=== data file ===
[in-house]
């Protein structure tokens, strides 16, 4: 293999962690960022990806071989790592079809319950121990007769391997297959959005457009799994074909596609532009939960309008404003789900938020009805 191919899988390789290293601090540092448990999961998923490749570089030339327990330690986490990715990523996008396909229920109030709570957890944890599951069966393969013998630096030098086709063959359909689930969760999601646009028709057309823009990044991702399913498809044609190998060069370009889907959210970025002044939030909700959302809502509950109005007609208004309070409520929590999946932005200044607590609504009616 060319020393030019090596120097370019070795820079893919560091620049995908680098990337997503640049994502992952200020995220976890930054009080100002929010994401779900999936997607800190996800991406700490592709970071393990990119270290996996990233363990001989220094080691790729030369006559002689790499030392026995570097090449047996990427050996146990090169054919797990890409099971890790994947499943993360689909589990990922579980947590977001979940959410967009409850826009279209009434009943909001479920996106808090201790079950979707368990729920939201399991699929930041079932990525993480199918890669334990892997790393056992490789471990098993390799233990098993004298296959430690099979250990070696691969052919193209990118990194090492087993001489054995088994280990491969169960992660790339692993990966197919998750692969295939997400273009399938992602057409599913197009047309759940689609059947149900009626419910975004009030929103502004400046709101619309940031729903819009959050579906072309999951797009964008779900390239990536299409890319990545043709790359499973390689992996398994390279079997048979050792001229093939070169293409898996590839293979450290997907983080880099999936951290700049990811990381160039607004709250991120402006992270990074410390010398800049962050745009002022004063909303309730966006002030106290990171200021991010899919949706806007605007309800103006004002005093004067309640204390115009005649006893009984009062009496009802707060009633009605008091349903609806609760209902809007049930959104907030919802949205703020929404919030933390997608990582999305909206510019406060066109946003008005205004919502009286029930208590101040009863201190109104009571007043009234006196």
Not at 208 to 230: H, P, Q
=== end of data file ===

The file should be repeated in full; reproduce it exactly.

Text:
[in-house]
């Protein structure tokens, strides 16, 4: 293999962690960022990806071989790592079809319950121990007769391997297959959005457009799994074909596609532009939960309008404003789900938020009805 191919899988390789290293601090540092448990999961998923490749570089030339327990330690986490990715990523996008396909229920109030709570957890944890599951069966393969013998630096030098086709063959359909689930969760999601646009028709057309823009990044991702399913498809044609190998060069370009889907959210970025002044939030909700959302809502509950109005007609208004309070409520929590999946932005200044607590609504009616 060319020393030019090596120097370019070795820079893919560091620049995908680098990337997503640049994502992952200020995220976890930054009080100002929010994401779900999936997607800190996800991406700490592709970071393990990119270290996996990233363990001989220094080691790729030369006559002689790499030392026995570097090449047996990427050996146990090169054919797990890409099971890790994947499943993360689909589990990922579980947590977001979940959410967009409850826009279209009434009943909001479920996106808090201790079950979707368990729920939201399991699929930041079932990525993480199918890669334990892997790393056992490789471990098993390799233990098993004298296959430690099979250990070696691969052919193209990118990194090492087993001489054995088994280990491969169960992660790339692993990966197919998750692969295939997400273009399938992602057409599913197009047309759940689609059947149900009626419910975004009030929103502004400046709101619309940031729903819009959050579906072309999951797009964008779900390239990536299409890319990545043709790359499973390689992996398994390279079997048979050792001229093939070169293409898996590839293979450290997907983080880099999936951290700049990811990381160039607004709250991120402006992270990074410390010398800049962050745009002022004063909303309730966006002030106290990171200021991010899919949706806007605007309800103006004002005093004067309640204390115009005649006893009984009062009496009802707060009633009605008091349903609806609760209902809007049930959104907030919802949205703020929404919030933390997608990582999305909206510019406060066109946003008005205004919502009286029930208590101040009863201190109104009571007043009234006196």
Not at 208 to 230: H, P, Q